Today there are more cell phones on the planet than people. It all started half a century ago with a conversation.
The phone call that was supposed to start a revolution was actually rather despicable. “Hi, Joel,” said Motorola engineer Martin Cooper to his colleague.
“I’m calling you from a cell phone. But a real cell phone. A personal, portable cell phone,” Cooper recalls the first call ever from a cell phone. Colleague Joel was so amazed that there was silence on the other end of the line. This Monday (April 3rd) is exactly 50 years since the first call from a mobile phone.
On this day in 1973, Cooper was standing on 6th Avenue in the heart of New York. A few years ago, he said his team had announced a press conference for the presentation of the first mobile phone for that day. But then a journalist asked him about the device. Cooper spontaneously decided to give the journalist a “dazzling demonstration”.
50 years later, DynaTAC, the first functional mobile phone, looks like a monster compared to modern devices: Cooper’s prototype with a large antenna weighed almost a kilo and was 25 centimeters long. The infrastructure for mobile calls has existed in the US for a number of years – in the form of cellular cells for car phones.
Cooper and his team packed the technology into a portable device, and it wasn’t mass production until more than ten years later: In 1983, Motorola released the DynaTAC 8000X, which sold for $4,000 – which is well over $10,000 today. In return, the paying customer got a full 30 minutes of battery life. No wonder that sales were initially limited.
Digital mobile communications in Germany since 1992
Digital mobile communications were introduced in Germany in the summer of 1992. The legendary “bone” first prevailed on the market, the Motorola International 3200 – weighing more than 500 grams with a battery capacity for a maximum of 120 minutes of talk time and a price of around 3000 DM, as the technical director of Vodafone Germany, Tanja Richter, executed once. “For the time, that was a small fortune.” In April 1993, just under a year after the start, several hundred thousand subscribers were already using the Deutsche Telekom and Mannesmann D networks.
A new service then made mobile phones particularly attractive for young people: the “Short Message Service” (SMS) with its 160 characters. The first SMS with the message “Merry Christmas” went to Vodafone employee Richard Jarvis on December 3, 1992. It was introduced in Germany in 1994, and five years later Germans were already sending around 3.6 billion text messages. The dictionary included the word “Simsen” in its vocabulary.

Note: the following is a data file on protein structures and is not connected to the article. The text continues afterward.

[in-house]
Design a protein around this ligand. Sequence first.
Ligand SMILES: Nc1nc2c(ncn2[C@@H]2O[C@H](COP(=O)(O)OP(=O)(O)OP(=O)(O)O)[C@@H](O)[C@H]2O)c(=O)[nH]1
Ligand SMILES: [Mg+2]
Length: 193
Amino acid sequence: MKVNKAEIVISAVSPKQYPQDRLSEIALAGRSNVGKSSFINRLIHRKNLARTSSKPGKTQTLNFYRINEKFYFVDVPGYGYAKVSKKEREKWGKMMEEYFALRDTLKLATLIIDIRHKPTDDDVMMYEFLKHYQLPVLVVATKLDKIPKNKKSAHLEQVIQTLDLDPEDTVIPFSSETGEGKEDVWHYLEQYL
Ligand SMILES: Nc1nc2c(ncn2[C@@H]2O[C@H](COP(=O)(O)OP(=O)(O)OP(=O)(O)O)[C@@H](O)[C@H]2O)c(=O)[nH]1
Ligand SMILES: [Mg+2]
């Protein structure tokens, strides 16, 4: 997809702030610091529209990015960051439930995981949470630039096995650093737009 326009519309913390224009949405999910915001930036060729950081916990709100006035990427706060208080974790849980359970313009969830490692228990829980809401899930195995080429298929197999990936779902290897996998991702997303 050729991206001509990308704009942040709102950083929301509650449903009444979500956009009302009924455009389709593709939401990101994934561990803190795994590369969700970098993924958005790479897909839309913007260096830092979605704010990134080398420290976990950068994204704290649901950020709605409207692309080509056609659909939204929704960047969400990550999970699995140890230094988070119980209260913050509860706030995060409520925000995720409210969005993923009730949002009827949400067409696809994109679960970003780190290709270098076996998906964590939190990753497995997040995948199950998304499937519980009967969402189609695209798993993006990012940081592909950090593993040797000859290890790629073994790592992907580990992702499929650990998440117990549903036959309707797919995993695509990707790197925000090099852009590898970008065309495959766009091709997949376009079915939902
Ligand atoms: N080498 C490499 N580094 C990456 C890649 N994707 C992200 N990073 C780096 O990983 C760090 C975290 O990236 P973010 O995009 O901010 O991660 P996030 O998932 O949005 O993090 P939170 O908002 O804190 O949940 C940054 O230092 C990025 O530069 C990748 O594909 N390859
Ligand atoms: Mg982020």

It became increasingly clear: the future belonged to mobile phones, as well as messages and conversations while on the move. A leap followed in 2007 when Steve Jobs presented the iPhone to an astonished world public. With innovative functions and a new type of user interface, it helped smartphones achieve a breakthrough. With the first Samsung Galaxy, the duel between the iPhone and Google’s Android operating system finally began in 2009, which has shaped the smartphone world to this day.
There are now more cell phones than people in the world, and devices have spread to almost every corner of the world. Besides iPhone and Android smartphones, there are tons of simple feature phones in countries like India. In Germany there are currently almost two mobile phone connections for every person.
Text instead of on the phone
However, the telephone call, the personal conversation, has lost much of its importance. Texting – whether via Instagram, Whatsapp, iMessage or other platforms – has largely replaced speaking. Calling someone is sometimes considered pushy, especially among young people. Rather, some would send a voice message. What seems completely normal today would have been comparable a few years ago to people only talking to each other on the answering machine.
Communication via cellphones in general is now almost unimaginable for almost everyone, while landline connections are becoming less and less important. Martin Cooper wasn’t even sure if the mobile phone revolution would actually start before the trendsetting idea: “We were worried if the phone would work if we turned it on. Luckily it did.”